giving up privacy on the web is free, and keeping privacy on the web has a price.we live in a web culture where things are free, and it’s a counter culture move to be charging for things.

  22. daryn

    I started a company trying to do 2-factored authentication as a web service back in ’06. Still love the idea, unfortunately didn’t love my relationship with the cofounder, or our (my) execution.https://www.mypw.com/

  23. rmchrQB

    Just curious if anyone has tried TeleSign for 2FA, as opposed to Authy, and how it might compare. I have not. Would welcome feedback.

  24. Matt McCormick

    If you want to become truly paranoid, you should read this article from Wired:http://www.wired.com/gadget…Kind of scary how bad a couple of big companies are at security (Apple and Amazon) and how even a tech savvy person can have invaluable data (a year worth of baby pictures) destroyed by someone whose only motivation was to be an ass.Just think what the people motivated by money could do.

  25. Rick Mason

    The leader in two factor authentication is Duo Security. Very smart and focused team backed by Google among others.

  26. ParanoidChris

    I’m so paranoid, I wait until my 2-factor code only has 2 seconds left before I type it in.

  27. Peter Van Dijck

    What I do with my new company and team is use Meldium. Two-factor for Google, and everything else gets a really long password 9d8ifurnnskiuh-odijsnh22 and then we use Meldium.com to manage all the accounts we have (tons) within the team. Works great so far.

  28. Calvin Conaway

    Hi Fred, I jumped on this for my web app zenbilling.com, but found the process of getting started using Authy not so easy. The registration process itself was complicated, and then I couldn’t get the API tutorial to work. It won’t validate the token for me, and I’m not sure how to make it. It won’t send SMS token either. I love what it aims to do, and the elegance and simplicity with which they aim to do it, just seems like it’s falling short in a few places …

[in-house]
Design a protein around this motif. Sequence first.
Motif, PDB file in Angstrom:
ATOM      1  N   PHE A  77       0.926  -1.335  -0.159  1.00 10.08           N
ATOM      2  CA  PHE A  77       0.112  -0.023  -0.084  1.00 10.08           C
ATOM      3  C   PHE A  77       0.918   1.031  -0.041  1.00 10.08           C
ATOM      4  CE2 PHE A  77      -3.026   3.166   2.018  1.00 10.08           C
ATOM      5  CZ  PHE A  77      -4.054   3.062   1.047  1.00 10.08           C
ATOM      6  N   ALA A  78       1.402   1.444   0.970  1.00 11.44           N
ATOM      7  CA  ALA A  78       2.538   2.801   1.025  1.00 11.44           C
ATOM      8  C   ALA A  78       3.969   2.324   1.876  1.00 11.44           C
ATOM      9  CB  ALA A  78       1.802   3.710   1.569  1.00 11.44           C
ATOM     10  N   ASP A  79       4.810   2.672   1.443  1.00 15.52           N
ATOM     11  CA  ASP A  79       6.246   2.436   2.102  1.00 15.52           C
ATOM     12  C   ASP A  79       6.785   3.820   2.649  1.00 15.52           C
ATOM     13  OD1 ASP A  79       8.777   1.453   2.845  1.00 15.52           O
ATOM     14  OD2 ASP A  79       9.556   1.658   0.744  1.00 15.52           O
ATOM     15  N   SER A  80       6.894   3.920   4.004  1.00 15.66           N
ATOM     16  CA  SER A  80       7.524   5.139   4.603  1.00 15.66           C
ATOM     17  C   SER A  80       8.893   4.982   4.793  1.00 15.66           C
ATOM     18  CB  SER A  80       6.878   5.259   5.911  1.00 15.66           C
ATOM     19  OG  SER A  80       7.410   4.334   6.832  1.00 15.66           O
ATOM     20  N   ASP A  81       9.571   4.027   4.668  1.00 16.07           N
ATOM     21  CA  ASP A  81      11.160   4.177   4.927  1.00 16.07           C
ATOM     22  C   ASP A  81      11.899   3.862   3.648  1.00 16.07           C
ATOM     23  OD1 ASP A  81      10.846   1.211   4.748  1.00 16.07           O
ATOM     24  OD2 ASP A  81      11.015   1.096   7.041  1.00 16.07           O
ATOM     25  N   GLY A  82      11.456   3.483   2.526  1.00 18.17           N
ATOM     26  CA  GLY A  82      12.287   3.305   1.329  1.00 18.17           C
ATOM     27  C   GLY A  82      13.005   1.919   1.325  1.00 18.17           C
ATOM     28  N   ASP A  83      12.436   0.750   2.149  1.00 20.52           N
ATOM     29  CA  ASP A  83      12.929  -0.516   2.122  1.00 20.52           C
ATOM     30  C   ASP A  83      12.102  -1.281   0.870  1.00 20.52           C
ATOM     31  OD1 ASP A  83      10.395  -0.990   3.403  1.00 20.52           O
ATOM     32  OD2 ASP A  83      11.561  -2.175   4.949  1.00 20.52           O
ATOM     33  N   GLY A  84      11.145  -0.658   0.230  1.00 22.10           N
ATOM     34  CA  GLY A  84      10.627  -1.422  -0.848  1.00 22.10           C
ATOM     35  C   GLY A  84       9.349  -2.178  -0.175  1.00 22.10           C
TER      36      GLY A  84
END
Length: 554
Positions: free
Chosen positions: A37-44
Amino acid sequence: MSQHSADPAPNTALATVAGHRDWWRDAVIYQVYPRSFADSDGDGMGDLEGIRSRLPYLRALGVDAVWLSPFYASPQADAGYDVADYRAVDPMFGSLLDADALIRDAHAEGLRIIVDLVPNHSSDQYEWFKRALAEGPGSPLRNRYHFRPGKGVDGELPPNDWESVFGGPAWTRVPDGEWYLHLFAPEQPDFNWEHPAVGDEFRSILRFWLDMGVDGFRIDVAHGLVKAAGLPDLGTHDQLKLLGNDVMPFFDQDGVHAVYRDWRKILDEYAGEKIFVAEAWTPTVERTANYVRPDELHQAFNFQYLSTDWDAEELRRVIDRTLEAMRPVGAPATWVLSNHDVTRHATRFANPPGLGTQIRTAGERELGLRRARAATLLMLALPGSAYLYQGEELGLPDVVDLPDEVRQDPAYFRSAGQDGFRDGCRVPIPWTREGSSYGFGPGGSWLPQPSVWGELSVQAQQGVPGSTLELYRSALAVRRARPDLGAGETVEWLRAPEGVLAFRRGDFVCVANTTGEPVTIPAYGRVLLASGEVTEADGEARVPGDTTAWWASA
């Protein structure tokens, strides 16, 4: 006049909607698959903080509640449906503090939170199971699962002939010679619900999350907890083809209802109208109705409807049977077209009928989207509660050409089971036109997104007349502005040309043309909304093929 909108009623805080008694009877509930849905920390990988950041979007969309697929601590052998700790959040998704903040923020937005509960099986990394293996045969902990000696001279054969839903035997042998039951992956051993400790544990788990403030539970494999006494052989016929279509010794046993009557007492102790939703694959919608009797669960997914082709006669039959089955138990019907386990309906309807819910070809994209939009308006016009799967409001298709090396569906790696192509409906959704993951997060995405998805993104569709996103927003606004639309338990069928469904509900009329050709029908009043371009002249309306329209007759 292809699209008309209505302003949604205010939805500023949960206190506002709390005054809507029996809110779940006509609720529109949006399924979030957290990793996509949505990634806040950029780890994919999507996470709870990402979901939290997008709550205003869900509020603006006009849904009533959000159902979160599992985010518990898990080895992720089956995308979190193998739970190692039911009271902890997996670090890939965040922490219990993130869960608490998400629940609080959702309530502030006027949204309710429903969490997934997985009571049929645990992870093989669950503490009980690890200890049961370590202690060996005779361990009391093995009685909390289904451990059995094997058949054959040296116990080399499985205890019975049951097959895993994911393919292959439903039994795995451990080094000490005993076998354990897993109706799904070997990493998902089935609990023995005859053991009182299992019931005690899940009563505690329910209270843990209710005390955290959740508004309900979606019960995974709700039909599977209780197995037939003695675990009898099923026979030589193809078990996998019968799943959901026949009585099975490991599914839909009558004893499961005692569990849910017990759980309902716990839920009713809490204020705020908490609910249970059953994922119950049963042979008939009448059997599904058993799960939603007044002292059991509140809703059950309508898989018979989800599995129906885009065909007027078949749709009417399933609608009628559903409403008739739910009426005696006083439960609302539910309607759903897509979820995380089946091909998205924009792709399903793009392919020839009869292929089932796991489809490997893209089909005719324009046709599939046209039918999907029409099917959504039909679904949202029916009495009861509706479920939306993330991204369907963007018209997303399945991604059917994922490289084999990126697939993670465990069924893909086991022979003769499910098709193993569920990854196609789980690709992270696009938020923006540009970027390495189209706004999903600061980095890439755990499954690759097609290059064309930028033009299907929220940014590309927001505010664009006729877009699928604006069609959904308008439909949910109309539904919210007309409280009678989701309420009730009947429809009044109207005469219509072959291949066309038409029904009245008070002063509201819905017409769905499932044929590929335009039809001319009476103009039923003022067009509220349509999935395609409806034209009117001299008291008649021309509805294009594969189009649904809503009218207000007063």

1. fredwilson

      Great feedbackThanks!!

  29. Alex Prushynskyy

    How about using your iPhone 5s finger printing tech to double oath on the web. The app on the phone prompts the scan when you login to your Gmail for example. The number of the people with 5s is quickly growing and its easier than retinal scan, since phone cams probably not that great yet and it looks awkward to do.At some point you can bypass password all together and just scan your finger all day long to log into services.

  30. Prokofy

    I’ve heard so much about the need for “two-factor authentication” but I’ve been puzzled until now how I could actually get it. Thanks for the tip.

    1. Roman Gonzalez

      Plenty of products offer consumer facing applications. There are some cooler ones out there. Check Clef, Launchkey, and Toopher, for instance. Clef is kind of like a glorified QR code as I understand it and Launchkey has some key vulnerabilities. I’m a fan of Toopher since after you set it up, you kind of don’t have to do anything anymore — no codes or using your phone or anything. Mailchimp uses it and I actually forgot today when I signed in that it was using multifactor. I smiled a little inside.

  31. nickowen

    Authy and Duo are fine hosted solutions, but most enterprises want to control the keys to the kingdom. We offer an opensource version as well a supported Enterprise version with LGPL API packages, Radius, LDAP etc, http://www.wikidsystems.com/